Why We're So Nice: We're Wired to Cooperate
"Fear alone is not highly likely to inspire cooperative behavior to the degree observed among humans." ..."the newest findings present the neural carrot — people cooperate because it feels good to do it."
Nice summary on recent research of the Prisoner's Dilemma using MRIs to study how the brain is actually responding.

Lost in Sweden: A Kurdish Daughter Is Sacrificed
A tale of what can happen when cultures clash...

The Effects of Line Length on Children and Adults’ Online Reading Performance
"This study found no significant differences in reading time or reading efficiency between the three line length conditions for both the adults and children. However, the results did support the finding that shorter line lengths are preferred more than full-screen line lengths."
More solid evidence that shorter is not necessarily better.

Can Personality Be Used to Predict How We Use the Internet?
"Results of this study provide an alternative view of online consumer behavior, which reveals differing Locus of Control between customers of online sites. These findings present an opportunity to further examine what these differences represent in terms of perceived and actual usability of online retail sites."
The author found significant differences between Internal and External CLOC in length of Internet usage, online retail purchase behavior, online shopping attitudes, and online task behaviors.

    -  Ron  6:55 AM

Monday, July 22, 2002:  
Becoming a Usability Professional
Self-interest and self-promotion ruin a promising topic. Nielsen does have some good points to make, but he supports them poorly and is unable to contain his self-interest.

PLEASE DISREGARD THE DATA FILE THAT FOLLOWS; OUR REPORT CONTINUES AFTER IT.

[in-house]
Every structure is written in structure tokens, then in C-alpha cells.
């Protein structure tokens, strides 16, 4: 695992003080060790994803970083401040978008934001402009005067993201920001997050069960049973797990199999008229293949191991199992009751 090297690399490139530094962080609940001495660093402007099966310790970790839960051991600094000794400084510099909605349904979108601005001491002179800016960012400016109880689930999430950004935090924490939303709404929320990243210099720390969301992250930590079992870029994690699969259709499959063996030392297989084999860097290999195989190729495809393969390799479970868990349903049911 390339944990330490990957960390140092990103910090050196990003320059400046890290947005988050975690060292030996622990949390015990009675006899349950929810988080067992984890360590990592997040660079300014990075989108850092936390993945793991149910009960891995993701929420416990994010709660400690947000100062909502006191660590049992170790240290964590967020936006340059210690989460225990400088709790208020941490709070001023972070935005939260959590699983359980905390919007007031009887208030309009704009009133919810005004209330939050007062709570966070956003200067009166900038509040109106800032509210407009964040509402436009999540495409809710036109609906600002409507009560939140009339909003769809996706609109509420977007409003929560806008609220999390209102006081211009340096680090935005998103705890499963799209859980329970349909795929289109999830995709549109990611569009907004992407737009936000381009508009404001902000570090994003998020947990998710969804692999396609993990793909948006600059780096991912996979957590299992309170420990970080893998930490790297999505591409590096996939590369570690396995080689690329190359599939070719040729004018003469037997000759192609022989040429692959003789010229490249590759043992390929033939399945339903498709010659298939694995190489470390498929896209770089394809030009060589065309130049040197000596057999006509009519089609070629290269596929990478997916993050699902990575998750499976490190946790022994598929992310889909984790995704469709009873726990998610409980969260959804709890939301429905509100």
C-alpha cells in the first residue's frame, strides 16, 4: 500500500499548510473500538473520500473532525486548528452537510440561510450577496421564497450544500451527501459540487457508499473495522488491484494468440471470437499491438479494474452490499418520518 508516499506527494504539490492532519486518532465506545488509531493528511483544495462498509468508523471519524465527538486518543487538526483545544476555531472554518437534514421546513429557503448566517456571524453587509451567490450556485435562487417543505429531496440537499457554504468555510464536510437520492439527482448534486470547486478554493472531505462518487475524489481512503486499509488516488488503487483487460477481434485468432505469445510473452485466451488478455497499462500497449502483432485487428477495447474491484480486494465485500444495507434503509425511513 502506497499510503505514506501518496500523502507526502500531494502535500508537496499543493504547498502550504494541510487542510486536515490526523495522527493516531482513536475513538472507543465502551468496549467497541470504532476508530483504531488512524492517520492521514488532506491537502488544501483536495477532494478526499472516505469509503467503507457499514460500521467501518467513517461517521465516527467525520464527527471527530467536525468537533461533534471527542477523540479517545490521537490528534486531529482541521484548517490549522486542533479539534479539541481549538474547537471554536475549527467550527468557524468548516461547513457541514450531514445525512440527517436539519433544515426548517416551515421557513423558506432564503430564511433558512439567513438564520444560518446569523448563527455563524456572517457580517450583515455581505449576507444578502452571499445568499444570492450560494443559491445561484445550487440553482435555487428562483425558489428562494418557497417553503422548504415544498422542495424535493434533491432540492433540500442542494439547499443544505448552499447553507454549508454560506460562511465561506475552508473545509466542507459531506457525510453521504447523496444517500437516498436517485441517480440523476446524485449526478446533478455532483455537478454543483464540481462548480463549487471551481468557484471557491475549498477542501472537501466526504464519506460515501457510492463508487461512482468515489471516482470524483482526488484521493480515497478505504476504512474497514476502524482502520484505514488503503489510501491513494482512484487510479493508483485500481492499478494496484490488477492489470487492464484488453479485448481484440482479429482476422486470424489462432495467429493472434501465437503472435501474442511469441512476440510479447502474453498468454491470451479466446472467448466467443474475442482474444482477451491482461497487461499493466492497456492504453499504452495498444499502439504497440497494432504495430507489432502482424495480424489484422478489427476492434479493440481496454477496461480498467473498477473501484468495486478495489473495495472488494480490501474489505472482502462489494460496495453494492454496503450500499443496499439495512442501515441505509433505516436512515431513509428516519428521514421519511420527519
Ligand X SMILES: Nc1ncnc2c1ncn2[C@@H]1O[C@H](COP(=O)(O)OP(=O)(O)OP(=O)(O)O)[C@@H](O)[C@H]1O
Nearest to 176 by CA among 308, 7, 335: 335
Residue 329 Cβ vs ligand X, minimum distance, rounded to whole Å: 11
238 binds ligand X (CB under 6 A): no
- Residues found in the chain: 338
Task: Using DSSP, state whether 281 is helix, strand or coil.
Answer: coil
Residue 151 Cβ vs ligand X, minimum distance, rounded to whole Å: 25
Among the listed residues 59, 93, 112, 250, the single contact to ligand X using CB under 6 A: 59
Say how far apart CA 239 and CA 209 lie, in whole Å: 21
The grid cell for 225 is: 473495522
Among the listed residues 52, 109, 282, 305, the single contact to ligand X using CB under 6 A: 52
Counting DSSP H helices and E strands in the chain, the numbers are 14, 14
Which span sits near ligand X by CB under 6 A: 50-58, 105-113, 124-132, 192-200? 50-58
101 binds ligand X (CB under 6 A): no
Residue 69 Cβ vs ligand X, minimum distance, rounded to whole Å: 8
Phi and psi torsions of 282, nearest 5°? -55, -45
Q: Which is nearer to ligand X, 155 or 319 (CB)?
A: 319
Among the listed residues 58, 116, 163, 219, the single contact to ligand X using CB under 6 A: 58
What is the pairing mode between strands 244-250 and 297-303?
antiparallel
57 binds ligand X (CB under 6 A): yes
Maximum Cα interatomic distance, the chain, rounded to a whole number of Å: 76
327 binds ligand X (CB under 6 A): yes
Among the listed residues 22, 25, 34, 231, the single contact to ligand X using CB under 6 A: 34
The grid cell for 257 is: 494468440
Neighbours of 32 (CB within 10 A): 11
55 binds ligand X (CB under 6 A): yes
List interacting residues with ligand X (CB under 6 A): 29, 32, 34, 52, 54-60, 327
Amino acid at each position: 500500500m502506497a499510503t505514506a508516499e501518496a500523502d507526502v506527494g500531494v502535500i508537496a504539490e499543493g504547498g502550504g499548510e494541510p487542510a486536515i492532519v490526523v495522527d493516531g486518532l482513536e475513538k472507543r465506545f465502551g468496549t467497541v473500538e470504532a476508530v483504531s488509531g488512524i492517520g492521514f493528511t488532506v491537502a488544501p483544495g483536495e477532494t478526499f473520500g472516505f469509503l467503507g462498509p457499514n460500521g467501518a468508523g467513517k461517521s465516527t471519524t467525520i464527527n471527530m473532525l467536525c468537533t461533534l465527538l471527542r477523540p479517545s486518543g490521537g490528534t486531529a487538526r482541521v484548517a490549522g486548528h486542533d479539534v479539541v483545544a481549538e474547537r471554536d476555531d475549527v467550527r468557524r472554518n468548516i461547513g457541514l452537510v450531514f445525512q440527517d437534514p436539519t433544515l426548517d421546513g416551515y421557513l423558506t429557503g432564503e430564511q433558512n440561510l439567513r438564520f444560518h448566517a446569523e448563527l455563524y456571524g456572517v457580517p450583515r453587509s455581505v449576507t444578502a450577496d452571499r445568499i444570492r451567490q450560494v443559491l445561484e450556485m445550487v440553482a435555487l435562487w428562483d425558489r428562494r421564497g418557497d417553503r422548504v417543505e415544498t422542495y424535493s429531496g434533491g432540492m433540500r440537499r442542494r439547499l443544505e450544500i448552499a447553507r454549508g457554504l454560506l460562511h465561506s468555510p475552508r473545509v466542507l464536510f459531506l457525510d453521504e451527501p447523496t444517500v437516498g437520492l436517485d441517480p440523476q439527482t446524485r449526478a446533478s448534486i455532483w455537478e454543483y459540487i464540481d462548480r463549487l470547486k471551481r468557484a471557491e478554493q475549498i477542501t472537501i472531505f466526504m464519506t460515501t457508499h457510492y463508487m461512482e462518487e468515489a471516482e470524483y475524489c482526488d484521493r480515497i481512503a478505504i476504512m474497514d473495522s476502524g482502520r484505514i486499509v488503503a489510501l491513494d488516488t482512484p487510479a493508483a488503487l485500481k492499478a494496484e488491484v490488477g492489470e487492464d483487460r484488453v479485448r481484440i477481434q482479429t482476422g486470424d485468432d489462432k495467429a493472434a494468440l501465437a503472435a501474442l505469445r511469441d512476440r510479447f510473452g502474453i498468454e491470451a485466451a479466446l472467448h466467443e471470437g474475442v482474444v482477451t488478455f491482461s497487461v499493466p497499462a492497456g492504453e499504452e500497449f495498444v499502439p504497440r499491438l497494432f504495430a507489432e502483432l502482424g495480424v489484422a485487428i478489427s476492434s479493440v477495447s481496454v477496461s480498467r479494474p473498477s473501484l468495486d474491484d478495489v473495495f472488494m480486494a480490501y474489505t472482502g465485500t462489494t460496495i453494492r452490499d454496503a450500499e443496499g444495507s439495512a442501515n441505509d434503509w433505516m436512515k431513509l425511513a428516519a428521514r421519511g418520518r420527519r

Propaganda level: High
Propaganda quality: Medium
Information quality: Medium

Web sites: Usable can still be useless
Thinly veiled self-promotion on the part of the author under the guise of responding to Jakob Nielsen's criticisms of the usability of websites in Australia.
Propaganda level: Very high
Propaganda quality: Low
Information quality: Very low

The Culture of Usability
A feel-good article for those looking for confirmation of their own delusions about usability testing. The author shows great sensitivity to the post-dotbomb, post-911 corporate mindset by focusing on reducing apparent costs and increasing the sense of security and control.
Propaganda level: High
Propaganda quality: High
Information quality: Low

    -  Ron  9:33 AM

Copyright © 2002-2005 Ron Zeno      This page is powered by Blogger.
Musings not completely unrelated to human factors, management, critical thinking, medicine, software engineering, science, or the like.
Zeno's Paradox Main
Comments? Email me!
My other site
Reader Favorites:
Miller's 7+-2 Doesn't Apply
Analysis of a Dilbert Comic
Reliable & Valid Usability?
Designing for Seniors

Weekly Archives
Looking for Ancient Greek Philosophy or Mathematics?
Zeno's Paradox
Zeno and the Paradox of Motion

(Current color scheme is from Aguilar's "Equilibrium".)